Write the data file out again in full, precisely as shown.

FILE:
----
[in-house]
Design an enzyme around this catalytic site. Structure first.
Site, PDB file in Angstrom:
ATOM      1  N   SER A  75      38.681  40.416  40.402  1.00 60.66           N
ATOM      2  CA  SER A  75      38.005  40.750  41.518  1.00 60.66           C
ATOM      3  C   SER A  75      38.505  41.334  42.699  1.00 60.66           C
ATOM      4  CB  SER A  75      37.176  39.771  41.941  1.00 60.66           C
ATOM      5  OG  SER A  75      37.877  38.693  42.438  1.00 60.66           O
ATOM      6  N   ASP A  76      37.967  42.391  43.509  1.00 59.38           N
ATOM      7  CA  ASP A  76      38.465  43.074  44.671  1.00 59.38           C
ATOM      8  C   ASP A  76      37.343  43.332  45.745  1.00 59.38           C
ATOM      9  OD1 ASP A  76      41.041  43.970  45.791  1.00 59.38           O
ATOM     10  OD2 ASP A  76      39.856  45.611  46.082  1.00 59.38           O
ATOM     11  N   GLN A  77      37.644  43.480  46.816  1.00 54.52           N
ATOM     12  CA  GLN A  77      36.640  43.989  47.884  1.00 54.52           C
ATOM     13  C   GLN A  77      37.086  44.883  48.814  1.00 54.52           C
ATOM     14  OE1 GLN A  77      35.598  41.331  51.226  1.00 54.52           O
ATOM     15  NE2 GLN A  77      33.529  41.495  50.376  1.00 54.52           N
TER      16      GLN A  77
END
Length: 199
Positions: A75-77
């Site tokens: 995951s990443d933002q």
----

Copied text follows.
[in-house]
Design an enzyme around this catalytic site. Structure first.
Site, PDB file in Angstrom:
ATOM      1  N   SER A  75      38.681  40.416  40.402  1.00 60.66           N
ATOM      2  CA  SER A  75      38.005  40.750  41.518  1.00 60.66           C
ATOM      3  C   SER A  75      38.505  41.334  42.699  1.00 60.66           C
ATOM      4  CB  SER A  75      37.176  39.771  41.941  1.00 60.66           C
ATOM      5  OG  SER A  75      37.877  38.693  42.438  1.00 60.66           O
ATOM      6  N   ASP A  76      37.967  42.391  43.509  1.00 59.38           N
ATOM      7  CA  ASP A  76      38.465  43.074  44.671  1.00 59.38           C
ATOM      8  C   ASP A  76      37.343  43.332  45.745  1.00 59.38           C
ATOM      9  OD1 ASP A  76      41.041  43.970  45.791  1.00 59.38           O
ATOM     10  OD2 ASP A  76      39.856  45.611  46.082  1.00 59.38           O
ATOM     11  N   GLN A  77      37.644  43.480  46.816  1.00 54.52           N
ATOM     12  CA  GLN A  77      36.640  43.989  47.884  1.00 54.52           C
ATOM     13  C   GLN A  77      37.086  44.883  48.814  1.00 54.52           C
ATOM     14  OE1 GLN A  77      35.598  41.331  51.226  1.00 54.52           O
ATOM     15  NE2 GLN A  77      33.529  41.495  50.376  1.00 54.52           N
TER      16      GLN A  77
END
Length: 199
Positions: A75-77
């Site tokens: 995951s990443d933002q």